Last month, we wrote about the common myth that Brown Pelicans and the Caribbean subspecies, pelicanus occidentalis occidentalis, go blind from the trauma of diving for food and, as a result, starve to death. Nature has padded the Brown Pelican’s body with air sacs that cushion his striking the water. While we watch the large, cumbersome-looking bird hit the water and laugh at what appears to be a belly flop, the Brown Pelican is an engineering marvel that has changed very little during his 40 million years on earth.
As stated in last month’s article on Brown Pelican Facts, Browns do go blind but the causes do not include the fact that they dive for food. All eight pelican species, including our Caribbean Brown Pelican, face ever-increasing threats of injury and death attributed mainly to the activities of man. A few are taken by sharks and orcas and, most certainly, they are killed during natural disasters. However, the main threat is man.
Some 20 years ago, a Brown Pelican befriended my son during a week of fishing in Florida. We named the pelican Pete and every day Pete sat on a rock next to my son. A wildlife officer informed us that Pete was a once-wild pelican who had been severely injured when he dove for a fish that was attached to a board, smashing his long beak and breaking a wing as his tormentors watched from a boat and laughed. After extensive surgery and a long recovery period in a bird sanctuary, Pete was released only to take up residence at the park, never to join a wild flock or fly again.
As with all bird species that depended upon water, the Brown Pelican population was in serious jeopardy during the 1960 to 70s, due to the uncontrolled use of DDT. In some areas, the Brown Pelican disappeared completely; a result of direct poisoning as well as the DDT-caused thinning of egg shells preventing reproduction. With bans on DDT and dedicated efforts to reintroduce the pelicans, they are once again in residence in their historical territories and seem to be thriving.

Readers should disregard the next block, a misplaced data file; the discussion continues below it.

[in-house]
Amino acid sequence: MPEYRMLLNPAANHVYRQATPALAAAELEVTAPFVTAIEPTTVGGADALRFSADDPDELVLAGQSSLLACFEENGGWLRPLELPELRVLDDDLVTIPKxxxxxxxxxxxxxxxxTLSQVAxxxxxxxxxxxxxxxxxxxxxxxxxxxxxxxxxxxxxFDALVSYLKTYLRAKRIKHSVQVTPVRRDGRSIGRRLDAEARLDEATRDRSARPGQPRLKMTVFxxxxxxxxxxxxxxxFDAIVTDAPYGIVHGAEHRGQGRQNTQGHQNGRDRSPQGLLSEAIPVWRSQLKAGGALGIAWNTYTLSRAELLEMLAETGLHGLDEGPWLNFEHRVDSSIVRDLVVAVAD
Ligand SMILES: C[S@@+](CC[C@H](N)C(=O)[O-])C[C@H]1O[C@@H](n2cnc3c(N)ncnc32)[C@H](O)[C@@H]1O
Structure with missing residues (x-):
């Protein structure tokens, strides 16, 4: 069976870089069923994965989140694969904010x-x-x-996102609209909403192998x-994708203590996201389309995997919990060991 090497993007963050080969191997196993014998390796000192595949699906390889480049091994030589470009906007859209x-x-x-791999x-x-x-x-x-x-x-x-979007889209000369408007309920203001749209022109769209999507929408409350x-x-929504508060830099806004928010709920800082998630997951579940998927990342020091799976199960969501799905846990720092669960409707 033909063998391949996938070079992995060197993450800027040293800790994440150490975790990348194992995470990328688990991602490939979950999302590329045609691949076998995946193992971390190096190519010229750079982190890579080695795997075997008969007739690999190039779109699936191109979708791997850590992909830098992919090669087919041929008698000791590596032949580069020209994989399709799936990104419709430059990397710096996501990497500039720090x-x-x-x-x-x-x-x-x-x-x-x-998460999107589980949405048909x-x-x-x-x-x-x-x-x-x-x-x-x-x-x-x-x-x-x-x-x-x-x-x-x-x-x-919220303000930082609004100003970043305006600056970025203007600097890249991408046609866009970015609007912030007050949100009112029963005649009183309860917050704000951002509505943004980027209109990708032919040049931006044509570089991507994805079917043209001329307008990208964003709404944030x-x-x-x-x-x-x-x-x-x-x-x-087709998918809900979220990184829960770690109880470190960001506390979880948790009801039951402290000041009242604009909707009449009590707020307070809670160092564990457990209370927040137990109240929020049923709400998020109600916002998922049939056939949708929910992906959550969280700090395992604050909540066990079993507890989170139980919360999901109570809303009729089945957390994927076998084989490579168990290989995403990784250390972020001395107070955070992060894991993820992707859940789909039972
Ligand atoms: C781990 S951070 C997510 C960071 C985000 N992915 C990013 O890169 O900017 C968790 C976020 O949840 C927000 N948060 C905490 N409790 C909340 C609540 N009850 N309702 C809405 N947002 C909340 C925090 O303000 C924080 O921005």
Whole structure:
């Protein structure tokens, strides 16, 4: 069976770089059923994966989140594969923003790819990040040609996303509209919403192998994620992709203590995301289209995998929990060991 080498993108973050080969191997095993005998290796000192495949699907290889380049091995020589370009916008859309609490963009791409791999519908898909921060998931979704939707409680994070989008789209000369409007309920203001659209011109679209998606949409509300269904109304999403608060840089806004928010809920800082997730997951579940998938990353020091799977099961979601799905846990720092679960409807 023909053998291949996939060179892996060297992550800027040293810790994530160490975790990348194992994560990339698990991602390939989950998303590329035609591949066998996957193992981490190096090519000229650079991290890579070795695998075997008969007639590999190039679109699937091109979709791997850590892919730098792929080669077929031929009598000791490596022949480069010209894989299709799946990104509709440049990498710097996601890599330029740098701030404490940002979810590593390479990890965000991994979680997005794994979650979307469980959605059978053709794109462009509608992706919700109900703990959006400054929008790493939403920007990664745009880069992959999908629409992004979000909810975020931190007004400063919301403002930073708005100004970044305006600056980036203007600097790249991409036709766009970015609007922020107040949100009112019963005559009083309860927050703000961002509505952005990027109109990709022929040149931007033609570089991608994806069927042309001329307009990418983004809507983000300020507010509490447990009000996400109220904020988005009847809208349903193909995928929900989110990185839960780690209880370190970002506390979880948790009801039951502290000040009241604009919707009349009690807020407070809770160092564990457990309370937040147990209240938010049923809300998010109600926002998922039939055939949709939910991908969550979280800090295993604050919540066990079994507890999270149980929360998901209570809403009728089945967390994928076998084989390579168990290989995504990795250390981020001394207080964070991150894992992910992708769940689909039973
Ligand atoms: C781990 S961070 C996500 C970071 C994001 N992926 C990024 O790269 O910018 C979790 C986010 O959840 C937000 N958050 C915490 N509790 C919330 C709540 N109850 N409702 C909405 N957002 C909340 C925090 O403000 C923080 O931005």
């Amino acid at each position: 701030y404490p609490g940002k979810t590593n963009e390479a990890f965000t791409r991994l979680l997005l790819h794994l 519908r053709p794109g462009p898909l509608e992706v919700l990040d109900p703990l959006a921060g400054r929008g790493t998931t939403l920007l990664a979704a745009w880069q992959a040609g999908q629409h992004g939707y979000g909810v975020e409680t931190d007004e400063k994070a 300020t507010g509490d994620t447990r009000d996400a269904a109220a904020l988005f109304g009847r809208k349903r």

However, all does not bode well for the pelican, neither here nor anywhere around the world. Other chemical threats have replaced DDT. Nitrates from fertilizers wash into the rivers and seas at an ever-increasing rate. The introduction of nitrates, along with other catalysts such as raw sewage, provides nutrients for uncontrolled algal blooms that leech oxygen from the water stressing the fish upon which the pelicans feed. The fish become ill with botulism caused by the bacteria clostridium botulinum. Within hours of eating an infected fish, pelicans suffer paralysis, blindness, and often death.
Rampant coastal development has destroyed traditional pelican rookeries, i.e. nesting sites; some of which used to contain thousands of nests. Aside from the obvious physical destruction of once wild areas, those developments alter the natural flow of water along shores and cause settling of sediment on close-in reefs, thus destroying critical fish nurseries, critical not only to the pelicans’ livelihood but also that of marine species as well as fishermen whose income depends upon healthy fish stocks.
Irrespondible fishing, both recreational and commercial, also poses a threat to pelicans and other birds dependent upon the sea. How often do we see fishermen throwing spoiled bait fish into the sea or tangles lines cut and thrown into the sea or along side beaches? Spoiled fish can be deadly to birds that feed upon fish. Improperly discarded tackle kills, often slowly when the bird cannot free itself or ingests a hook.
Imagine your next meal is poisoned with botulism but you do not know. Imagine going to the market to find it covered in mud and silt and there is no food. Imagine you dive to eat but you cannot eat because your mouth is tied shut and you have no help.
Visit Part I of this series on Brown Pelicans – Myths and Facts Part I or a cruiser’s tale of The Brown Pelican’s Mouth can Hold More than its Belly!